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Welcome to Let the Bible Speak. It’s great to have you with us, as always. I’m joined today by a special friend of mine, brother Jimmy Cating. Jimmy has been preaching the gospel now for about the same length of time as I have, about twenty-five years or so. And we’ve known one another for about that long. He has worked with churches in Oklahoma and Texas. He is originally from Indiana. He is a great gospel preacher and has been holding a gospel meeting at my home congregation where I labor here in Alabama.
I wanted to have Jimmy as a guest today because he has an interesting story that I believe will serve to illustrate some of the truths of the Bible concerning the New Testament church, specifically God’s plan and pattern for how the church is to worship.
Kevin: We come from very similar backgrounds. We actually began preaching the gospel about the same time. We were raised among churches that adopted the ideas of the Restoration Movement, meaning the restoration of New Testament Christianity. Sometimes as you go through life, however, and you study the Bible, you come to understand that maybe in your own life, the restoration is not yet complete. You’ve come to understand things that you were not taught as a child; maybe what you were taught was contrary to what the Bible actually teaches. That was the case with both of us. For a lot of people, when they find themselves in a situation like that, they struggle with questions like, what do I need to do about this? It sometimes calls upon us to make very difficult choices–to leave something we’ve known our entire lives and embrace what we know from God’s word to be the truth.
We’ve talked about this numerous times on the program down through the years. Many of the practices that are used that are adopted within churches of Christ are NOT biblical. Rather, they are modern innovations of man, as opposed to following the pattern that the Lord Jesus and His apostles gave in the scriptures. One such case is the Lord’s Supper and how it is observed. Tell me a little bit about your journey and how you came to understand the truth of what the Bible teaches about a congregation using one loaf and one cup containing fruit of the vine in the observance of the Lord’s Supper.
Jimmy: First of all, thank you for having me. It is my privilege to be here and to share a little bit about myself, as well as some things from the scriptures. That’s really our standard and what we must go by. As you said, we do have a similar background. I was raised respecting the doctrines of the church, the doctrines of Christ. My family and I were members of a very loving and what many would consider a very conservative congregation. In 1992, on one particular Sunday morning, as we were getting ready for services, I went into the living room where my grandmother was bedfast, and I turned the television on for her. As we visited for a few minutes while I was waiting to leave, we came across a broadcast called Let the Bible Speak. This was many years ago now, and there was a different host. His name was Irvin Barnes. We were attracted to the familiar doctrine and were very impressed with the use of scripture to support his points. We also liked the a cappella singing. We became fascinated fans of that T.V. program and started a new routine of watching every week. One Sunday morning, as we watched the program, we heard something that we’d never heard before: the importance of using one cup in the distribution of the fruit of the vine and of using one loaf in the Lord’s Supper.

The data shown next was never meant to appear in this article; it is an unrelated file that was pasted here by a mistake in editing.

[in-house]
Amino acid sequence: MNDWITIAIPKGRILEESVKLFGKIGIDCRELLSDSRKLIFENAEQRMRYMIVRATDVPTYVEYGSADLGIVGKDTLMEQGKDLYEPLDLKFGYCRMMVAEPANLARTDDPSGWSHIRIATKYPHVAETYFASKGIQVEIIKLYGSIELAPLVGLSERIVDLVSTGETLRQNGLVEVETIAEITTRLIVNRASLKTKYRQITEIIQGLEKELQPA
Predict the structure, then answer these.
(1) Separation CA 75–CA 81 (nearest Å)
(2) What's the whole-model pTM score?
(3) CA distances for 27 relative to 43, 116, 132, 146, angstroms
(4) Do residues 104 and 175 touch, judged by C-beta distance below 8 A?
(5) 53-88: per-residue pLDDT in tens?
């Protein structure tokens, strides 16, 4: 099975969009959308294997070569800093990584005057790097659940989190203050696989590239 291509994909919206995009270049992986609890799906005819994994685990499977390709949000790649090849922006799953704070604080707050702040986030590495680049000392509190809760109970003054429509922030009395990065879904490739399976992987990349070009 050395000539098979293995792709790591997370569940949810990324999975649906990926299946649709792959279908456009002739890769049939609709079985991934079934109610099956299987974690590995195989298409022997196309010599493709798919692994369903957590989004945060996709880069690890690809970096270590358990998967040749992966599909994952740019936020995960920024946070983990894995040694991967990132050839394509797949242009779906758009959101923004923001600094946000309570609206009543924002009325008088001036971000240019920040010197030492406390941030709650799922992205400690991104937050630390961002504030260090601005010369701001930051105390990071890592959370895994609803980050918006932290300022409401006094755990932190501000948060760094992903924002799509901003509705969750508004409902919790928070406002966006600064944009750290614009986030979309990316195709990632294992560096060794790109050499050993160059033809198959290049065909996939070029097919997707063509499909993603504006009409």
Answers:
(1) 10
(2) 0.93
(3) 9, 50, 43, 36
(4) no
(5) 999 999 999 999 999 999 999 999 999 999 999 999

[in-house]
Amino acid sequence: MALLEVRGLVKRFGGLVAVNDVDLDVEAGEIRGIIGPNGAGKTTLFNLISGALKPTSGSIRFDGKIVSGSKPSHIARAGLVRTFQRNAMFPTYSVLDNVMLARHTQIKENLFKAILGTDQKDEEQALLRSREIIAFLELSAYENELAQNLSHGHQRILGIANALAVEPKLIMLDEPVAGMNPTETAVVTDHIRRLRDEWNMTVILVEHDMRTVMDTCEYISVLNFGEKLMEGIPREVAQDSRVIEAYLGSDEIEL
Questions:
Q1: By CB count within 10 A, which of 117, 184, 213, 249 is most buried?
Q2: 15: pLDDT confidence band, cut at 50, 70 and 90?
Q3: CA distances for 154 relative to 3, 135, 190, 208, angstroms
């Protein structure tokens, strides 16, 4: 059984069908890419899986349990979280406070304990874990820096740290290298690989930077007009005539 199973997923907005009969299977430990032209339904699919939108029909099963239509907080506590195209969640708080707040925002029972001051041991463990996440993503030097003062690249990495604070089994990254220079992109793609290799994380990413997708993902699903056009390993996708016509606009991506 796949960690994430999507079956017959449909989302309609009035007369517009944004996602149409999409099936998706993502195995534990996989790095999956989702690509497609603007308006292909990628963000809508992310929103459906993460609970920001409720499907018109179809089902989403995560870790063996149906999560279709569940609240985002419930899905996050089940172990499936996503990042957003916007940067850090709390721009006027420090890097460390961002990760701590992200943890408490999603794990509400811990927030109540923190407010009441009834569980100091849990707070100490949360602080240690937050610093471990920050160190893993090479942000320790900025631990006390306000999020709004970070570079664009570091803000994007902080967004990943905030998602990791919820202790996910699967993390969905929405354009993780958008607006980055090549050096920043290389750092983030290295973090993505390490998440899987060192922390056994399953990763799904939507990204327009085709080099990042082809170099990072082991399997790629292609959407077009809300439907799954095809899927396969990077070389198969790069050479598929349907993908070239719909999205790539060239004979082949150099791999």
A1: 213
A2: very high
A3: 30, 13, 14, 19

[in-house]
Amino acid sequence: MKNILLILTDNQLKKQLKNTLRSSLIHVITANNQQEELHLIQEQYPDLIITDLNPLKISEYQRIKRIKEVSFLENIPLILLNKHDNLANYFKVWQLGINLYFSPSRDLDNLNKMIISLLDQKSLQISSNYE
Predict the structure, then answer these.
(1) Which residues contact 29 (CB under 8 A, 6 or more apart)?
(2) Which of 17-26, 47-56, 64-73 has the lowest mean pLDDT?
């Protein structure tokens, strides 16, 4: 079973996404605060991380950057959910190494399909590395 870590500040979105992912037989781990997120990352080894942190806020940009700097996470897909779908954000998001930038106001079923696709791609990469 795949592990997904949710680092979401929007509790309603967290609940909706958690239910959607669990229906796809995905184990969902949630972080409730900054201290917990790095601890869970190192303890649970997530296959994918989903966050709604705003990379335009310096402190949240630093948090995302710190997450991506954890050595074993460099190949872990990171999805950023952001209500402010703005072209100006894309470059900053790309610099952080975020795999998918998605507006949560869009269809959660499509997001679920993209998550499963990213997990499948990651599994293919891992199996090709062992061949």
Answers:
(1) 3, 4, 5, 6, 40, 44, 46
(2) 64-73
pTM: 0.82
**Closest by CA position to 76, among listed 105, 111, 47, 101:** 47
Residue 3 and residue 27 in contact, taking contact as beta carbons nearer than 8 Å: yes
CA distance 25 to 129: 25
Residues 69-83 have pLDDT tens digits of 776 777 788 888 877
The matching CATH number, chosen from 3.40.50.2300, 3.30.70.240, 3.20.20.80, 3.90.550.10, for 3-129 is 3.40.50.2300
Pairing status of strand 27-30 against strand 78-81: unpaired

Kevin: That was the typical practice, not only of the churches of Christ down through the centuries, but also of most religious organizations for a long, long time. About a hundred years ago or so, in 1915, brother G.C. Brewer, who was a prominent preacher amongst churches of Christ, introduced the practice of individual communion cups in a church in Tennessee. It spread from there among the churches of Christ.
The point that I want to make is this: a few generations ago, there were a lot of people who were familiar with this controversy. In fact, many of them had been in congregations that had used one cup, but those churches changed somewhere along the way. Now that generations have passed, there are multitudes of people out there-just like you, me, and others-who at one time had never heard this. Who just take it for granted, they were raised using modern innovations. I assume there are even people watching this program–maybe someone for the first time–thinking, what in the world? There are people who believe in using one container?
Jimmy: That was us. We had never heard of that before. Of course, because it was new to us, we were very cautious, but as we studied, we realized that it wasn’t new in the scriptures. At the same time, we didn’t want to be too dismissive of it. We wanted to investigate because we know that the Bible warns against being gullible and being deceived. The Bible also warns about the blinding power of preconceived ideas. So, we wanted to study the scriptures to see whether or not it was so.
Kevin: So, this began a process of studying the Bible about this issue. Of course, the authority is in the word of God. It’s in the teachings of Christ and the apostles; not in what you or I say, or what anybody might try to teach us—it’s what the Bible says. So, let’s go back to some of the very things that you began to study and examine, and I, likewise, a little before that. What are some of the things that stood out to you as you read through the biblical accounts that made you realize, hey, there’s something to this. This is what the Bible actually teaches?
Jimmy: Well, first of all, we had to determine whether or not there was a pattern for the Lord’s Supper. We began to look at scriptures like I Corinthians 11:23-25 where Paul reiterated the Lord’s Supper and reminded the Corinthians of what the Lord had said.